Average disposable salaries in South Africa declined in real terms year-on-year (y/y), according to the latest BankservAfrica Disposable Salary Index (BDSI) released on Wednesday.
Mike Schüssler, chief economist at Economists dotcoza, cautioned that the index was impacted by the salary negotiations for public servants not having been settled in May due to on-going bargaining.
“I think [the] delay in state salary increases is now playing itself out in the latest data, but we will probably be in positive territory again in real terms as soon as new public sector increases come into effect,” Schüssler told Fin24.
“As soon as the public sector salaries get adjusted we will be back to positive salary increases in real terms. We could even see a surge as they get back pay. Ultimately, the real underlying issue is that there might be a little bit of a blip in retail due to the delay.”
Schüssler said salaries are not the problem in South Africa, but rather unemployment. The number of people employed is not growing as fast as salaries are growing.
Weak numbers should be taken with a pinch of salt
“Disposable salary increases were, therefore, disappointing due to the drawn-out bargaining in the public sector, which is nothing more than a technical factor. However, it is making monthly comparisons difficult on a year ago basis and the weak numbers should be taken with a pinch of salt,” said Schüssler.
“In the short-term there may be a lack of household spending too, as people wait to see what their actual increase is going to be, and when it will take place. We can also expect to see a sharp spike in salaries in the months ahead, but this will of course be due to the delayed settlement and the adjustments this causes.”
May 2014 reflected the backdated increase of the April 2014 annual government salary increases, so this also skews a y/y comparison.
“This means that the country’s biggest employer is making a comparison between May 2014 and May 2015 very difficult. The May 2014 numbers reflect two months of salary increases rolled into one, while May 2015 does not yet show an increase as salary talks had not finalised,” explained Schüssler.
Public servants make up nearly a quarter of the total workforce – around a third of the estimated number of employees in the BDSI – and receive nearly 30% of the non-farm payroll wages.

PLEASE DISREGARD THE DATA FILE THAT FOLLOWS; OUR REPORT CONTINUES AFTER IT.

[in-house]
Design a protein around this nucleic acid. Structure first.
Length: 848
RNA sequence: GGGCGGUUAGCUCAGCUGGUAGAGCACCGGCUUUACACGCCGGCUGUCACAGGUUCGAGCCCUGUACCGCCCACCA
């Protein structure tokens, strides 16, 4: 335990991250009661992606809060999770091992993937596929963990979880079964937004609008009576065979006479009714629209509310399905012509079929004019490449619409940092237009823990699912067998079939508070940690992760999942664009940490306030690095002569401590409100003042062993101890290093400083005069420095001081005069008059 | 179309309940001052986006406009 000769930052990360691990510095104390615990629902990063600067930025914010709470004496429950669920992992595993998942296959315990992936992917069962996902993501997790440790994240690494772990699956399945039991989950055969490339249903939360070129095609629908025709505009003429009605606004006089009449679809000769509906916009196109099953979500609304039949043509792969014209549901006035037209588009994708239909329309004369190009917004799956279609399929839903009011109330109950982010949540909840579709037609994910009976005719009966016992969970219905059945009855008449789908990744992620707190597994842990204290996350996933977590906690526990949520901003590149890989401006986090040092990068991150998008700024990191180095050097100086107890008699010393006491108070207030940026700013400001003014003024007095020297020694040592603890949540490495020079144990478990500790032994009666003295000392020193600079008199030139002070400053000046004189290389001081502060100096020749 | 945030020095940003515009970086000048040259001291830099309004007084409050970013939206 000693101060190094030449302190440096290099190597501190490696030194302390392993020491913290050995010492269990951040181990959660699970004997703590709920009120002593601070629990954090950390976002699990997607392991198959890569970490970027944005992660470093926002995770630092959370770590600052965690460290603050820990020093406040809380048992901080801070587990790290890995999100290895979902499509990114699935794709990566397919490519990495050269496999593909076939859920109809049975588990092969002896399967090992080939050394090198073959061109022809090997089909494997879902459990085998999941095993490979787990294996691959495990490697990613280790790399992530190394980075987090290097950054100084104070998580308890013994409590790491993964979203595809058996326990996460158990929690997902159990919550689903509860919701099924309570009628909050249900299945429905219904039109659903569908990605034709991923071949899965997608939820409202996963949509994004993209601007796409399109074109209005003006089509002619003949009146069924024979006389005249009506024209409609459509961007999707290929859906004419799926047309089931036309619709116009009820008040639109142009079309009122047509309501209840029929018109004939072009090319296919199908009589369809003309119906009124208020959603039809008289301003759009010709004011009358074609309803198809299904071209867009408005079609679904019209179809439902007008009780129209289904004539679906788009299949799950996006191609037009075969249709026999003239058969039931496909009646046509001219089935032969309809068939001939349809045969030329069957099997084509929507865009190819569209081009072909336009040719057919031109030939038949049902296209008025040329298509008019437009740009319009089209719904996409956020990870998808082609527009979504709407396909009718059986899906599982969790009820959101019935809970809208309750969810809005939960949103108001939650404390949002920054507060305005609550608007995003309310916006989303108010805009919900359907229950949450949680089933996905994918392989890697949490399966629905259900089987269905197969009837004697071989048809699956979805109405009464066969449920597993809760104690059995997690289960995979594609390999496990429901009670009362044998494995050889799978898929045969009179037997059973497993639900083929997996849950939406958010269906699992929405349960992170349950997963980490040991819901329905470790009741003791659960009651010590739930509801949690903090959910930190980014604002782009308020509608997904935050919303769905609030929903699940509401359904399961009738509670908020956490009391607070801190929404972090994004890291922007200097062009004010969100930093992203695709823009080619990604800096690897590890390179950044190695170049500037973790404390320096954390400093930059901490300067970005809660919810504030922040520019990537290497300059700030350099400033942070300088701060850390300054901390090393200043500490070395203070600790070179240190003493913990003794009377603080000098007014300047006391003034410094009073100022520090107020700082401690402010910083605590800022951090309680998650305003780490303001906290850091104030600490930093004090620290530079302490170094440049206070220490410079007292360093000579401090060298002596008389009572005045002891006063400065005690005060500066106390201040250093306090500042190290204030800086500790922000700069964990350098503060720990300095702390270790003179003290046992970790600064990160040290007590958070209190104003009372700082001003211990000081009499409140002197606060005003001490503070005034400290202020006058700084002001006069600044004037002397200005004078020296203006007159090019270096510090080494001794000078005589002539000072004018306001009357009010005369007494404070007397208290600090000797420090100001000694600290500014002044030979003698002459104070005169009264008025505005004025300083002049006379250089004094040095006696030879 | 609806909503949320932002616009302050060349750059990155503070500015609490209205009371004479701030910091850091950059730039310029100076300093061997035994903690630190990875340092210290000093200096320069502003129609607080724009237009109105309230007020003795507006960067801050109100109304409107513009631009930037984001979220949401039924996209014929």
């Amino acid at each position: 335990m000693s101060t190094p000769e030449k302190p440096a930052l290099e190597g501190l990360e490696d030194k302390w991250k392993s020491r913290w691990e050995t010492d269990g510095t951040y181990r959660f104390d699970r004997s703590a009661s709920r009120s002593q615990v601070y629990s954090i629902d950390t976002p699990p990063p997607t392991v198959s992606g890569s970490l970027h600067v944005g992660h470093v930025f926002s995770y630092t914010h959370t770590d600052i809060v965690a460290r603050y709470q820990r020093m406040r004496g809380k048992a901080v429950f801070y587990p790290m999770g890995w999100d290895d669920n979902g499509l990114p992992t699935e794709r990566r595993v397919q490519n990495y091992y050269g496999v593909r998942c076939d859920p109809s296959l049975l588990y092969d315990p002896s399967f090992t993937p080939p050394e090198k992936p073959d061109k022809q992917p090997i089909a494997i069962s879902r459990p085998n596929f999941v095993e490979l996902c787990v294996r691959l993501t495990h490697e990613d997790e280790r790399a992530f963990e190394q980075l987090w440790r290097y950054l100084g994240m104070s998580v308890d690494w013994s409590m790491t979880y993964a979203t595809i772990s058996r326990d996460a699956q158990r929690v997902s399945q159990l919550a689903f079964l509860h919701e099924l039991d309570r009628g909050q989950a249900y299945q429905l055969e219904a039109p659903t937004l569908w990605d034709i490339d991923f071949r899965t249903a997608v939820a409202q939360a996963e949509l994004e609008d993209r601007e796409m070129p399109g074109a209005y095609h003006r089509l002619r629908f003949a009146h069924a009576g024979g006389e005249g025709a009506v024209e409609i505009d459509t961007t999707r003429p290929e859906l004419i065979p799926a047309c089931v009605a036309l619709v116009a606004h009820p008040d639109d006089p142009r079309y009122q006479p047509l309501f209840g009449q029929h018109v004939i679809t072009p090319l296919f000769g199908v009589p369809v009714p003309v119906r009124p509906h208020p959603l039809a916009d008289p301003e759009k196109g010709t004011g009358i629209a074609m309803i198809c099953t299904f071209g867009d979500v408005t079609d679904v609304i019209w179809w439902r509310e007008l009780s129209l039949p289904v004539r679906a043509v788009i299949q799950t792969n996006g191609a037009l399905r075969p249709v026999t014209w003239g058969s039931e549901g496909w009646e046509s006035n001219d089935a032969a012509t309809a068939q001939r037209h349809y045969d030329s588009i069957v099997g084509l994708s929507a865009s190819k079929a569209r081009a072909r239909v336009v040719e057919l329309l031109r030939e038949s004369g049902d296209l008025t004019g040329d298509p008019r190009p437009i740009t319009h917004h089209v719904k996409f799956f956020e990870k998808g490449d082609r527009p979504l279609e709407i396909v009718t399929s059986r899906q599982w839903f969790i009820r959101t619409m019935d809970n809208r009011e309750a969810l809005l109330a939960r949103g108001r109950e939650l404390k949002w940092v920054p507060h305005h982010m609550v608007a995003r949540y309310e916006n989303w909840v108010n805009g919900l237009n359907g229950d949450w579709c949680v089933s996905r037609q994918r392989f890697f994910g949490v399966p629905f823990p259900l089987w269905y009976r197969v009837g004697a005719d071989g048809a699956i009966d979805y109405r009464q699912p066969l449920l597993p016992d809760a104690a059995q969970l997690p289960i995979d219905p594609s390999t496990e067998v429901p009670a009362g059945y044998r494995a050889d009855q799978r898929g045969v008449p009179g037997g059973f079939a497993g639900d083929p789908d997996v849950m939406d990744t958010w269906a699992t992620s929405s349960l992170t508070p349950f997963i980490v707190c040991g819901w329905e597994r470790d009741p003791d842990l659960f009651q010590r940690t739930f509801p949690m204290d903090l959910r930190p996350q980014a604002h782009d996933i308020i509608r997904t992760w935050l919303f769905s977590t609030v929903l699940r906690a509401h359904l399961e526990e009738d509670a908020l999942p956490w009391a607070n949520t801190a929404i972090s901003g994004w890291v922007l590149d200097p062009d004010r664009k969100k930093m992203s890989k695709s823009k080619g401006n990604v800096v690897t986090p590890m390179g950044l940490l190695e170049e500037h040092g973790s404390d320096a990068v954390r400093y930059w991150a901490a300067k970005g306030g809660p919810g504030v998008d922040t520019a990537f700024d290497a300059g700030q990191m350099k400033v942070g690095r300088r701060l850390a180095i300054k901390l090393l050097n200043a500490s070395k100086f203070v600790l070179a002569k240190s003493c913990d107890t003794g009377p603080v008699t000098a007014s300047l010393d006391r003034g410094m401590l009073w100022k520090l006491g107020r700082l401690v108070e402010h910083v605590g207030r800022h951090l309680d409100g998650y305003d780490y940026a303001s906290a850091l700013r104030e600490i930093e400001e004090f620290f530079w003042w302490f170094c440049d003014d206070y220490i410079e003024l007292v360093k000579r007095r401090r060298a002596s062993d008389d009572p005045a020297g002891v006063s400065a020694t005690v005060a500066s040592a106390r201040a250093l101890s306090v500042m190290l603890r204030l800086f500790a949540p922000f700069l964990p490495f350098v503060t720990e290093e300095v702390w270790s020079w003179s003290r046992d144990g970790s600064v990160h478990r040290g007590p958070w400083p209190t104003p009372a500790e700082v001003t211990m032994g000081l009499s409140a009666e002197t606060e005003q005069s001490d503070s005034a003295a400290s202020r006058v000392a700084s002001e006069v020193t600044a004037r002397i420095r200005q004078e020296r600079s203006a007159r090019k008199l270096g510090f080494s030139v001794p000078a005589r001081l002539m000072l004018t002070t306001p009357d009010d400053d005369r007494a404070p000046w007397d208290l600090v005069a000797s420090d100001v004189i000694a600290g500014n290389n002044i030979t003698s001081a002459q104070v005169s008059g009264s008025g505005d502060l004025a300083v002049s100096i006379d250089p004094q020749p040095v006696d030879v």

“In the salary payments systems, we believe this could be as much as 40% of the value of salary payments. So any delay in public sector wage increases has a huge knock-on effect, not only on the BDSI, but also on retail sales and many other consumer indicators,” according to Dr Caroline Belrose, head of fraud and data analytics at BankservAfrica.
This delay resulted in a real y/y decline of -1.4% in salaries, while the nominal increase was 3.1%. However, on a monthly basis, salaries still grew strongly as the April holiday season came to an end.
The actual median take-home pay in May was R9 333. This saw a real decline of -0.3%, and increased below the rate of consumer inflation.
Another factor that is decreasing average disposable salaries is the tax increases that many higher salary-earners are now paying. This also constrains overall consumer spending.
BankservAfrica estimates that this has taken close to 1% away from the real salary increase.
Salaries are, however, still increasing in nominal terms, and BankservAfrica expects that when the full year’s salaries are reviewed the actual real disposable salary will be positive.
Less than 20% of employees now earn less than R4 000 per month, meaning over 80% of formally employed people on the South African payment system now take home over R4 000 a month.
Pensioners are still getting above-inflation increases.
“Although average pensions are only 46.6% of the average salary, the increase over the last year has been nearly 10%,” according to Belrose.
“In real terms, pensions are up by 5.1%, which is certainly good news for many a person on pension, and means that both average and median pension payments have outperformed inflation.”
Pension growth appears to be largely driven by reasonable returns from fund managers.
“Another factor influencing this increase is probably that, as workers retire and become new pensioners, their now higher salaries offer a higher pension level when they start receiving a pension,” explained Belrose.